Coney Island and Brighton Beach are in Brooklyn. In addition to those two neighborhoods, this travel guide covers Manhattan Beach, Gravesend, and Sheepshead Bay.
- Coney Island. Ah, the famous Coney Island. The Cyclone, a 1927 roller coaster, is the most famous of the amusement park rides at Coney Island, for good reason: It packs a lot of thrill into a small lot. There is also a great view of Manhattan from the top of the Wonder Wheel (a large ferris wheel). Otherwise, the amusement park is somewhat seedy, which is part of its appeal. The high concentration of public housing projects in the area does make the neighborhood around the amusement park somewhat unsafe. Precaution should be taken if exploring these areas.
- Brighton Beach is home to the largest Russian-speaking community outside of the former USSR. It's unlike any other neighborhood in the city. Mosey on along the famous boardwalk and have a shashlik (shish kebab) with a shot of vodka for lunch.
- Sheepshead Bay is not far from the Coney Island amusement parks. It is a traditionally Italian and Jewish neighborhood and is now populated by many Chinese and Russian immigrants. There are piers along the bay on Emmons Avenue where anyone can cast a line out onto the water for a day of fishing. Includes restaurants along the bay.
- Gravesend was the oldest English settlement in New York. Parts of it are now a Syrian Orthodox Jewish neighborhood, populated by many people in the rug trade who live in lovely houses, many of them very tasteful and worth walking past just to admire the architecture and landscaping, such as for example on Ave. S west of the Kings Highway stop on the F train. There is also a small Chinese neighborhood on Ave. U near the Ave. U Q train station that has some worthwhile Chinese and Vietnamese restaurants and shops. Perhaps fittingly, Gravesend is also home to huge graveyards that are visible from the F subway line.
To get to Coney Island, take the D, F, N, or Q to Coney Island-Stillwell Avenue. On all of these but the Q, keep your eyes peeled for the massive train yard you will pass on the way.
Brighton Beach and Sheepshead Bay are covered by the Q and B (weekdays only).
For Gravesend, take the N to Avenue U.
- 1 Coney Island ( trains to Coney Island-Stillwell Ave).
- 2 The Coney Island Cyclone ( trains to Coney Island-Stillwell Ave or trains to W 8th St-NY Aquarium). Opened in 1927, the Coney Island Cyclone or (the Cyclone) is one of the world's oldest and still operating wooden roller coasters and was declared a New York City Landmark on July 2, 1988. It was also placed on the National Register of Historic Places on June 26, 1991. Although in 1927 the roller coaster cost only 25 cents to ride, it now costs $10.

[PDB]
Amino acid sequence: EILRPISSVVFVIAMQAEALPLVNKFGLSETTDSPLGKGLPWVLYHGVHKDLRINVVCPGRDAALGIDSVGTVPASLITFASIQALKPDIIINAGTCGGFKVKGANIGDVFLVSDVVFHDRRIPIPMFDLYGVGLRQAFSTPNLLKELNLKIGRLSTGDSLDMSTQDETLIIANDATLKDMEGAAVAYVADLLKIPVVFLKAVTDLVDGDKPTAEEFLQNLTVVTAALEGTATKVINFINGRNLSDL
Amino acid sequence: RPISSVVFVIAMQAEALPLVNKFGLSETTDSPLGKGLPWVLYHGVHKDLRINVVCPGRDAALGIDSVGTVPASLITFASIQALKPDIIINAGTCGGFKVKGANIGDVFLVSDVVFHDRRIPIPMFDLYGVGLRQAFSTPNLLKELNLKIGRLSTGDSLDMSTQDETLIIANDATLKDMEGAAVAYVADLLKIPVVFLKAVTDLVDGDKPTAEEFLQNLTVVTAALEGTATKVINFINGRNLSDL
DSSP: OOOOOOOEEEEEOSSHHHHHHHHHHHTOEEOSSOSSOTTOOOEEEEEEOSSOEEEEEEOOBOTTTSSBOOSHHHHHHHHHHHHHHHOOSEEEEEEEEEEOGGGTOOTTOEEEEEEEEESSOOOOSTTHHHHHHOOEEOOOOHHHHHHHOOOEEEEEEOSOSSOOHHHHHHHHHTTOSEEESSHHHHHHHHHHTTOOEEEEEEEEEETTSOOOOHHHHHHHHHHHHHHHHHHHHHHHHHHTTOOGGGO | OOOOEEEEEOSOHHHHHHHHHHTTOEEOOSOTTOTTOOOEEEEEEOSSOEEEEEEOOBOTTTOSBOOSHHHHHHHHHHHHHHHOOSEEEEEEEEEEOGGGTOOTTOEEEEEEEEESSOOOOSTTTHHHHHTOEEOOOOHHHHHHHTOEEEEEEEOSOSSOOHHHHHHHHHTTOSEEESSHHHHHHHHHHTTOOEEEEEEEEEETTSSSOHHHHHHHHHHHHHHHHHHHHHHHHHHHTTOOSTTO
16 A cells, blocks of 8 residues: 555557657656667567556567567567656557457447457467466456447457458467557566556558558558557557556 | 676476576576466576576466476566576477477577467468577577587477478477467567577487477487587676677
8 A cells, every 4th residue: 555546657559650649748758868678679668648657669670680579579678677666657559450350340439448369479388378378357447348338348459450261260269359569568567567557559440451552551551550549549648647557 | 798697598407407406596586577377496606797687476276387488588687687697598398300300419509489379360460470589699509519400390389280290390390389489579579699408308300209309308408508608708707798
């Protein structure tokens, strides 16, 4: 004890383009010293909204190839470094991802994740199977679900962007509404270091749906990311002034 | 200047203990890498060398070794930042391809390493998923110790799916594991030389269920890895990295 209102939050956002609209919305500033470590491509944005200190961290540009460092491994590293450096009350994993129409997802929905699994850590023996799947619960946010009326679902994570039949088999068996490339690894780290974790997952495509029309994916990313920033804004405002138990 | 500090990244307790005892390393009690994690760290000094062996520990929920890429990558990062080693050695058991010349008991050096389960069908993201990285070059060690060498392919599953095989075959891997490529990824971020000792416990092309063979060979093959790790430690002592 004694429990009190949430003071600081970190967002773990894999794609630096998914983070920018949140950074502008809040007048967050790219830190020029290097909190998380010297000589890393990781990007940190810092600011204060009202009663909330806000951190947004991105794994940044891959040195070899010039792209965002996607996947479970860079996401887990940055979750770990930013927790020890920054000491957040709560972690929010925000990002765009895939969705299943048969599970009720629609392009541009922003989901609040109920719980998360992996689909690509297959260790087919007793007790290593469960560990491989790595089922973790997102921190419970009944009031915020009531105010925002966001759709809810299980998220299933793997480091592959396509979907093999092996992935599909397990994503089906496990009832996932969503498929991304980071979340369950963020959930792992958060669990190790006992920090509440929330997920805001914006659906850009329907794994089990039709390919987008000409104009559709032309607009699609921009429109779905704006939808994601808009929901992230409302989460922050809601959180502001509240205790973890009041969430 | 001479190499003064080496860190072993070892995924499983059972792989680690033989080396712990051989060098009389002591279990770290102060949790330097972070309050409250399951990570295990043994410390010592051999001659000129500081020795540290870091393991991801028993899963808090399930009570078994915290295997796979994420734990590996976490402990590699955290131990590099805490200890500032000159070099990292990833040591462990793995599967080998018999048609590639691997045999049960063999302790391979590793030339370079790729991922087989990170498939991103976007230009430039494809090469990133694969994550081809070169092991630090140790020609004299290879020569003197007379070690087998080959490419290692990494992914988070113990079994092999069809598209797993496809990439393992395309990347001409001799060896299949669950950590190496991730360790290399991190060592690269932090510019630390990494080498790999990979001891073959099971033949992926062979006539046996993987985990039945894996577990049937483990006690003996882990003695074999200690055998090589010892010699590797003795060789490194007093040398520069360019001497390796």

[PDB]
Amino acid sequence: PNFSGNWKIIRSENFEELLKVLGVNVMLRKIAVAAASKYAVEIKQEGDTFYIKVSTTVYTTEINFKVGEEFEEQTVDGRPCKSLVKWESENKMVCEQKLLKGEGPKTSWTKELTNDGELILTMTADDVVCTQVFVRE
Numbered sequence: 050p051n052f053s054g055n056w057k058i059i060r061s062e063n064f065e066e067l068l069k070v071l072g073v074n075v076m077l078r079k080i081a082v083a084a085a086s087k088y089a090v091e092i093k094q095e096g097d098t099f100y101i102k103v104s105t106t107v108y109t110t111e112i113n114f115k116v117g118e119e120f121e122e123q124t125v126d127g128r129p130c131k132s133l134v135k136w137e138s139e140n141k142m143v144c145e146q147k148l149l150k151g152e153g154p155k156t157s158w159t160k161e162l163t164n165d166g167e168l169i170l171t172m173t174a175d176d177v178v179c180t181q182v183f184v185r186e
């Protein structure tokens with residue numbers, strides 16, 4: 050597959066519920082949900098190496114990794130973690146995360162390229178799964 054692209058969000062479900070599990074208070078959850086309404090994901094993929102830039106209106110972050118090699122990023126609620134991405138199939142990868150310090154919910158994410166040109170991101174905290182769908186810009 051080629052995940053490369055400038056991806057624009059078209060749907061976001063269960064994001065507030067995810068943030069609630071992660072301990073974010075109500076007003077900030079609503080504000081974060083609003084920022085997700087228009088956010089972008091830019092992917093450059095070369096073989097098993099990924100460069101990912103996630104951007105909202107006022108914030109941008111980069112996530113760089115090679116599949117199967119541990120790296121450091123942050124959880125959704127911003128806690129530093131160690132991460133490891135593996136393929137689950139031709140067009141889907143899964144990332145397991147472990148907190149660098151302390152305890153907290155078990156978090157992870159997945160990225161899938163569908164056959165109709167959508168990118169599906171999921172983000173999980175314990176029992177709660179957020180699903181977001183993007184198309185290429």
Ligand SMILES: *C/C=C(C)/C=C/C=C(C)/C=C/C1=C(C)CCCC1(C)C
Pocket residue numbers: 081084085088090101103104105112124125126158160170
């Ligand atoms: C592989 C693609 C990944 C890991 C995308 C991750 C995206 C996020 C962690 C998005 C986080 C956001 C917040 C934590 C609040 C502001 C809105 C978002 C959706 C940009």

- 3 New York Aquarium, Boardwalk and W 8th St (Subway: trains to W 8th St or trains to Coney Island-Stillwell Ave). M-Th 10AM-6PM; F Sa 10AM-10PM; Su 10AM-7PM. $14.95 adults, $11.95 seniors 65+, $10.95 children 3-12, free for children under 3.
- 4 Jackie Robinson and Pee Wee Reese Monument, Surf Ave at W 19th St (Subway trains to Coney Island-Stillwell Ave or trains to W 8th St-NY Aquarium). Statue of Jackie Robinson, first African American to play in Major League Baseball in the modern era when he played for the Brooklyn Dodgers. Pee Wee Reese was a strong supporter of his. These two Hall of Fame players were on the Dodgers together from 1947 to 1956.
- 1 Coney Island Beach (Subway trains to Coney Island-Stillwell Ave or trains to W 8th St-NY Aquarium). Sandy beach, open to the public. Free.
- 2 Pat Auletta Steeplechase Pier (Subway trains to Coney Island-Stillwell Ave or trains to W 8th St-NY Aquarium). Daoly 6AM - 1AM. Fishing pier with views of the ocean.
- 3 Brooklyn Cyclones (Subway trains to Coney Island-Stillwell Ave or trains to W 8th St-NY Aquarium). New York Mets single-A minor league team, which plays in Coney Island right next to the Boardwalk at MCU Park. They were established to fill the void of Brooklyn's old Major League Baseball team the Dodgers, who left for Los Angeles after the 1957 season.
- Rugby United New York. Rugby union team playing in Major League Rugby, the sport's top level in the US and Canada. RUNY shares MCU Park with the Cyclones.
- 4 Deno's Wonder Wheel Amusement Park, 3059 W 12th St ( ), ☏ . Apr, May, Sep, Oct: opens noon on weekends only; Jun to Labor Day: opens noon daily; closing times vary according to weather conditions. The Wonder Wheel itself is the main attraction here. Choose the swinging cars for an extra thrill. There are numerous other adult and kiddie rides.
- 5 Luna Park, 1000 Surf Avenue, ✉ info@LunaParkNYC.com. Named after the original 1903 Luna Park, this amusement park will bring thrills to Brooklyn.
- 1 , 402 Brighton Beach Ave (between Brighton 4th and Brighton 5th Sts; Subway: trains to Brighton Beach), ☏ . M-Sa 10AM-7PM, Su 11AM-6PM. Trinkets from Russia and elsewhere in the world.